The project followed a responsible, environmentally-aware design approach. Conservation of natural resources, material selection, natural lighting and ventilation informed the design from inception to completion. Designed with expansive double-glazing, classrooms maximise natural daylight and reduce lighting energy consumption. Rainwater is harvested in storage tanks which provide water for the flushing of toilets. Landscaped rainwater retention ponds slowly filter water down into the subterranean aquifer, minimising wastage to the municipal drainage. The building has significantly improved the appearance and social spaces of the campus and creates a harmonious learning environment for students.
The GCIS Façade Solar Research Project, Solar Research for Innovative Technologists
S and A Architects (PTY) LTD
The GCIS Façade Solar Research Project – a partnership between the University of Johannesburg and the University of Edith Cowan in Australia – looked at solutions to technical challenges faced when trying to reduce energy costs and the findings could become a strategic model for the future implementation of cost-effective PV panels in Southern Africa. A six-storey office building, which houses Government Communication and Information Systems (GCIS )and is located in the historic precinct of Hatfield in Pretoria, is the first building in Africa to use a solar façade to generate electricity thanks to solar photo voltaic cells within the building’s laminated glass facades. The external skin is a combination of high performance glazing with PV panels incorporated on the east, north and west facades. Although the technology has been used in Asia, Europe and the US, this particular type of PV is a first for a building.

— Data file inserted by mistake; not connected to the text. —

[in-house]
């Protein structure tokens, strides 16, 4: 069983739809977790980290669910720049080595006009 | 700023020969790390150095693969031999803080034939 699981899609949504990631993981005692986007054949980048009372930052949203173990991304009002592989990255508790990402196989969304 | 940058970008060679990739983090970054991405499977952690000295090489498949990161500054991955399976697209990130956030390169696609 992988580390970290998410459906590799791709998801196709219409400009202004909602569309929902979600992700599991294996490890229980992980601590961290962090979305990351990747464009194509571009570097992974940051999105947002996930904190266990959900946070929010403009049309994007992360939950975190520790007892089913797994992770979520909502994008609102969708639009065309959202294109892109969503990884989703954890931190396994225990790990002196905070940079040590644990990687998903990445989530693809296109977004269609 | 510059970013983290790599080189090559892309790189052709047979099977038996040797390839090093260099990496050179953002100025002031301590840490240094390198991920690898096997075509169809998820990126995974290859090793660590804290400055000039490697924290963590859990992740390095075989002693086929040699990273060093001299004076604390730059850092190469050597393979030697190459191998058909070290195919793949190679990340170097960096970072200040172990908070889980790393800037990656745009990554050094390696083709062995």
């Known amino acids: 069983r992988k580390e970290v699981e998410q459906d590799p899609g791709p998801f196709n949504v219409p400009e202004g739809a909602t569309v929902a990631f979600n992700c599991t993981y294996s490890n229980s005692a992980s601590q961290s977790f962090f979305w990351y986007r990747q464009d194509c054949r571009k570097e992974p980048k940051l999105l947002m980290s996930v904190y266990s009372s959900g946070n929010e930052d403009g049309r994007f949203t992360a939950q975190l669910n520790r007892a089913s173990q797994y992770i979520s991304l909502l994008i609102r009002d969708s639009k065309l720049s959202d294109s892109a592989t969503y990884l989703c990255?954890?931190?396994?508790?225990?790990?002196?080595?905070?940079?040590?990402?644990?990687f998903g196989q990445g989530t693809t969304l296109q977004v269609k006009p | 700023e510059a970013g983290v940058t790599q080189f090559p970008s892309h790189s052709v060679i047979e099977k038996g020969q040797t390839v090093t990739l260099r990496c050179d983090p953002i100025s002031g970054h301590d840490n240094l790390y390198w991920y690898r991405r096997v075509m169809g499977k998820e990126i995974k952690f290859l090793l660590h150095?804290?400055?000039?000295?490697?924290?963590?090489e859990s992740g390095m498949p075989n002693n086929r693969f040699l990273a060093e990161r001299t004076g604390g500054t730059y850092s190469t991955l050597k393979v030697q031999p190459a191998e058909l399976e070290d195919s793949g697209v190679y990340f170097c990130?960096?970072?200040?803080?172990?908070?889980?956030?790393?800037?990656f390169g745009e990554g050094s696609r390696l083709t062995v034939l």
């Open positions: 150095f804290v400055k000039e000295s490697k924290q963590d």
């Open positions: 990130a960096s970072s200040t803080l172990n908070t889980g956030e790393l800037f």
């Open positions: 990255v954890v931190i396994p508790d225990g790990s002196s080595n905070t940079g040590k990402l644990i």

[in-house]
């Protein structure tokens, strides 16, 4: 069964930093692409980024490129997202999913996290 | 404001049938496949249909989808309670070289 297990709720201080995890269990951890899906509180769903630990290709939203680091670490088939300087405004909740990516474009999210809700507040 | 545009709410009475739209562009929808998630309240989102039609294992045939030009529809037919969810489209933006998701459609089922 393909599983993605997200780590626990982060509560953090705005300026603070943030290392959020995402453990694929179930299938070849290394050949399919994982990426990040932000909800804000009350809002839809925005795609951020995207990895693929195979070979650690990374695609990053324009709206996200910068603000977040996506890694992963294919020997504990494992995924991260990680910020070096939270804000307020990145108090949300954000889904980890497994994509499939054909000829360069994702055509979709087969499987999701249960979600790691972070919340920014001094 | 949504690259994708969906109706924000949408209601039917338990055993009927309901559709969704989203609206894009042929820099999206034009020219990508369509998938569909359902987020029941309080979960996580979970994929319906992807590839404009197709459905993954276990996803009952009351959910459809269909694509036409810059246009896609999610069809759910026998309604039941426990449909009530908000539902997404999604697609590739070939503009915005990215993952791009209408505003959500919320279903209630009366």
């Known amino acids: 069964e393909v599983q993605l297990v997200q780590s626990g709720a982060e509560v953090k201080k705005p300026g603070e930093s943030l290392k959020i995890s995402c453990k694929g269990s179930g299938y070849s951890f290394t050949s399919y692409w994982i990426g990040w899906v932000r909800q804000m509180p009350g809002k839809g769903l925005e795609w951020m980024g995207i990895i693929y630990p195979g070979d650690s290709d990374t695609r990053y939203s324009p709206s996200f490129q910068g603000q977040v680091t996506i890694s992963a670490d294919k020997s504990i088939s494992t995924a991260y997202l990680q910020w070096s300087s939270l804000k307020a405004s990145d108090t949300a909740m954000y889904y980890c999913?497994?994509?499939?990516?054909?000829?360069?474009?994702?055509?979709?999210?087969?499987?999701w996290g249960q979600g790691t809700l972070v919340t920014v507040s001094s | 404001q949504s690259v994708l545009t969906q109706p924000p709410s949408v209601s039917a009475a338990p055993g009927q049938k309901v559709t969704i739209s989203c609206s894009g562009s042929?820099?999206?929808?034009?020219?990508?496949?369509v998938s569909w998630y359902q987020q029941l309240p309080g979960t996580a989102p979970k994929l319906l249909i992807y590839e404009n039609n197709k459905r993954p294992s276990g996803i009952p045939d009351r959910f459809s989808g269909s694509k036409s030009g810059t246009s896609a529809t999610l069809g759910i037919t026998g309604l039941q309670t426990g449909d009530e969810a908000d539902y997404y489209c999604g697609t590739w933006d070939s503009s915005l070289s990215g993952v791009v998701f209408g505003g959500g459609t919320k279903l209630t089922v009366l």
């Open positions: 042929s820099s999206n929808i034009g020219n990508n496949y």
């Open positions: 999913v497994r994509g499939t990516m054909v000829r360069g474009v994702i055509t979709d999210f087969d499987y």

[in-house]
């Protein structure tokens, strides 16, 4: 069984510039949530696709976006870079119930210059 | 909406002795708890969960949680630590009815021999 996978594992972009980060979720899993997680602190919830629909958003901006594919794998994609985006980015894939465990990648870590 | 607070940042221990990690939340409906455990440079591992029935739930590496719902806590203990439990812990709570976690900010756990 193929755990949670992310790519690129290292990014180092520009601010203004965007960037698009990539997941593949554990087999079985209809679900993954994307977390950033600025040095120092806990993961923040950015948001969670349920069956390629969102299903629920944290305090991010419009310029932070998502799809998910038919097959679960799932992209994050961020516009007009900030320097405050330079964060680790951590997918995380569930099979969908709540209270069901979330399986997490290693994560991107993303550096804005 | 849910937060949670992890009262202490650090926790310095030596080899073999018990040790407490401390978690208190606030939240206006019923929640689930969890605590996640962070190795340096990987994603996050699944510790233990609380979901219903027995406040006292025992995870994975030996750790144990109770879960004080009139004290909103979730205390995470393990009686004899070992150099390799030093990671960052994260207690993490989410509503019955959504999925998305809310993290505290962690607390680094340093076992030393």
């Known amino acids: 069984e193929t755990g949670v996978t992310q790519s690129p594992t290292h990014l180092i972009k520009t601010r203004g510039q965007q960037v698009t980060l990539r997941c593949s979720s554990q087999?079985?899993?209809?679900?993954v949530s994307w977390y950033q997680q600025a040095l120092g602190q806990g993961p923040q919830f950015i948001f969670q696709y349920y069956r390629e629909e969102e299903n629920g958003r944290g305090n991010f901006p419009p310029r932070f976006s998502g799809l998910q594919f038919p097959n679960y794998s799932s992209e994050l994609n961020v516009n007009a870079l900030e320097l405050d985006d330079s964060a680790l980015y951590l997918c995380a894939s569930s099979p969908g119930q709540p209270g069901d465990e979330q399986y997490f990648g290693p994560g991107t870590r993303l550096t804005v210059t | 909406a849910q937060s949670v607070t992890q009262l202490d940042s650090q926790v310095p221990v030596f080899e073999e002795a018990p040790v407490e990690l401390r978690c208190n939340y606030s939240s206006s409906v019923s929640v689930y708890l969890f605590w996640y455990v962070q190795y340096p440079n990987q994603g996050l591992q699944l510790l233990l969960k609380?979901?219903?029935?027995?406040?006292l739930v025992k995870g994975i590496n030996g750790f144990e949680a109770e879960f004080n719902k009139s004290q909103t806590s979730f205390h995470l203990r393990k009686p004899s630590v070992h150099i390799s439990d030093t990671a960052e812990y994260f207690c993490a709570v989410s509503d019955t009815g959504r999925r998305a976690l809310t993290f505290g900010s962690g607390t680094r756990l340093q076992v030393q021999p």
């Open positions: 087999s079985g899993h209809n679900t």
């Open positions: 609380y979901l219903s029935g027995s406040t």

Promoting the use of Sustainably Grown Plantation Timber in South Africa
Collis & Associates
Wood is one of the most environmentally sustainable building materials in the world. Building with renewable timber is an effective way for the construction industry to play a positive part in the reduction of atmospheric carbon, resource depletion and environmental degradation. South Africa is currently a concrete, steel and brick building culture but a shift to product from well-managed timber plantations would be better for the environment. Vernon Collis’s research promotes best practice and aims to help develop a timber culture in the construction industry, ranging from investigations of how and why timber structures and elements fail, to transferable timber technologies for economic housing, while at the same time challenging government on its impending forest reduction programme.
Use of Recycled Construction Waste in Concrete
Collis & Associates
Recycling reduces environmental damage, landfill pressure, resource depletion, damage to roads and CO2 emissions, while also creating employment. However, less than half of Cape Town’s construction waste is recycled. This is due in part to the fact that there’s no inclusive best practice on how to evaluate, deconstruct, test and specify construction waste. Without this, architects and engineers are limited when informing clients or projects where recycling is possible. For the past 20 years Collis & Associates has sought solutions to this problem, investigating a ‘cradle to cradle’ process using construction waste and maximising on labour. The research provides a sustainable approach to conserving concrete aggregates through the use of excavated sand, recycled bricks and concrete.
The Vukuzakhe research aims to develop systems for the delivery of an alternative building typology in the eThekwini Municipality. It is hoped that this will accelerate the delivery of public buildings – including community halls, libraries and resource centres, as well as sports, educational and health facilities – with an environmentally responsible design, while stimulating local economic development. The system can be replicated and installed with ease in remote and varied locations and integrates architecture, site, foundations, structure and services.